Quebec student leaders say province budging on tuition

The Quebec government is willing to modify its plans to hike university tuition, student leaders said after a second day of talks aimed at ending the province's crisis.

Negotiations resume for 2nd day as protesters risk fines to rally outside

Education Minister Michelle Courchesne said going into Tuesday's talks that she was happy with the 'openness' the student side brought to the table. (CBC)

The Quebec government is willing to modify its plans to hike university tuition, student leaders said Tuesday night as they exited a second day of talks aimed at ending the province's student strike.

"We are staying at the bargaining table because it’s worth it — which is to say that yes, evidently, we’re talking about tuition fees," said Martine Desjardins, president of the Fédération étudiante universitaire du Québec, one of four umbrella student associations participating in the talks.

Asked whether a deal is imminent, Desjardins told reporters outside the Education Ministry's offices in Quebec City, "We'll be discussing for all of tomorrow, so it depends on what you mean by 'imminent.'"

Both sides introduced proposals on Tuesday to end the impasse, with "several scenarios around the table from the different parties," according to Gabriel Nadeau-Dubois, spokesman for the more hardline student group CLASSE. "We’ll take the night and probably the morning tomorrow to evaluate them," Nadeau-Dubois said.

The two sides haven't yet set a time for discussions to resume on Wednesday.

Bill 78 up in air

It's the first sign the talks might be nearing a deal to end a student strike and a wider social uprising, which has seen tens of thousands of people rally in the streets of Montreal, Quebec City and other communities over the past 3½ months. Nightly protests, the most intense of which involved the mass arrests of hundreds of people and clashes with police, have gone on for the last 36 days. 

Demonstrators block an intersection Tuesday evening as they march in the streets of Montreal to protest against tuition hikes and Quebec's Bill 78. (Paul Chiasson/Canadian Press )

It's unclear whether Tuesday's negotiations touched on Bill 78, the controversial emergency provincial legislation brought in on May 18 to quiet the protests. CLASSE had said it would only participate if the revocation of Bill 78 was on the table. But Nadeau-Dubois said going into Tuesday's bargaining that so far, the topic of Bill 78 had not been broached.

It's also unclear whether any deal would be ratified by striking students. The last tentative agreement to end the strike, on May 5, was roundly rejected when students voted on it and failed to end the impasse.

Education Minister Michelle Courchesne said going into Tuesday's talks that she was happy with the attitude the student side brought the day before.

"I said yesterday that we share responsibility for arriving at a solution, and … they showed openness," Courchesne said. The minister did not speak to reporters following Tuesday's meeting.

No new cash from government

The Liberal government's original plan, conveyed in its March 2011 budget, was to raise tuition by 75 per cent over five years, to $3,793 a year before ancillary fees. It then softened its position in last month's negotiations with students and said it was willing to spread the increase out over seven years and to wait six more months to implement it — likely delaying any fee hike until after the next provincial election.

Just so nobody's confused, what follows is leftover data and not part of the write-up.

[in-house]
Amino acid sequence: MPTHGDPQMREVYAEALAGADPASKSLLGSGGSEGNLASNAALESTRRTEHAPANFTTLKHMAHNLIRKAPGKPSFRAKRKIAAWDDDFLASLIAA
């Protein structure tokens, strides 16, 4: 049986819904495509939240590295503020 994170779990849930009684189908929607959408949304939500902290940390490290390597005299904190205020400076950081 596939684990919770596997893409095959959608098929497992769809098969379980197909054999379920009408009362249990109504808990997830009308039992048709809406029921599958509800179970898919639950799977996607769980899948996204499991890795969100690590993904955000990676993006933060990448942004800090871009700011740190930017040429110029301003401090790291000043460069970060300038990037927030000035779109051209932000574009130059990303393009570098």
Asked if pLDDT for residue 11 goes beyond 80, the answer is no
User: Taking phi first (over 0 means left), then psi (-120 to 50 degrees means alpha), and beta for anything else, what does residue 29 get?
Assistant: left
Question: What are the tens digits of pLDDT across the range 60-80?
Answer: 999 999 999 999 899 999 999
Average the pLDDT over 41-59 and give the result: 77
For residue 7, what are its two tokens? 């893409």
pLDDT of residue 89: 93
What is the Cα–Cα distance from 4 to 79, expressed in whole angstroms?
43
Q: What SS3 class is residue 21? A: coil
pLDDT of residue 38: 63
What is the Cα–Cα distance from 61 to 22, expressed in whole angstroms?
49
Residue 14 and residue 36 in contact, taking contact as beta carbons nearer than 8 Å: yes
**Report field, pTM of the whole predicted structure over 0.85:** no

Quebec Finance Minister Raymond Bachand said Monday that whatever agreement the province and student leaders arrive at in the latest round of talks, it cannot involve more taxpayer money going to higher education. The tuition hike could still be attenuated, however, by rejigging other university budget items such as infrastructure spending, Bachand said.

Students are mainly represented at the table by the 125,000-strong FEUQ, the 100,000-member CLASSE and the 80,000-member Fédération étudiante collégiale du Québec, which represents students at Quebec's CEGEP preparatory colleges. The smaller Table de concertation étudiante du Québec, or TaCEQ, is also taking part.

About 150,000 Quebec post-secondary students are still on strike and boycotting classes.

Protests in Montreal, Quebec City

Once again on Tuesday night, protesters took to the streets in Montreal and Quebec City in support of the students' cause.

In the provincial capital, a few hundred people marched from the legislature to the Education Ministry offices, where they clanged on pots and pans and chanted for more than an hour while negotiations went on inside.

The demonstrators risked another wave of mass detentions by police and stiff fines for violating a city traffic bylaw, following Monday night's roundup of 84 people who were protesting in the same area. But ultimately there were no arrests, and the crowd dispersed once the student negotiators emerged at the end of their bargaining session.

Montreal saw its 36th nightly protest in a row, with about 500 people split between two groups.

One crowd began at the usual rally point of Place Émilie-Gamelin, in the downtown east end, and marched west on René Lévesque Boulevard and north on St. Laurent Boulevard through the Plateau district, before heading southeast toward the Jacques Cartier Bridge. Police blocked the roadway leading to the bridge, however, and warned the marchers that they would be arrested if they walked onto it. The group then headed to the Latin Quarter area.

The other march began and mostly stayed in the city's Rosemont-La Petite Patrie borough.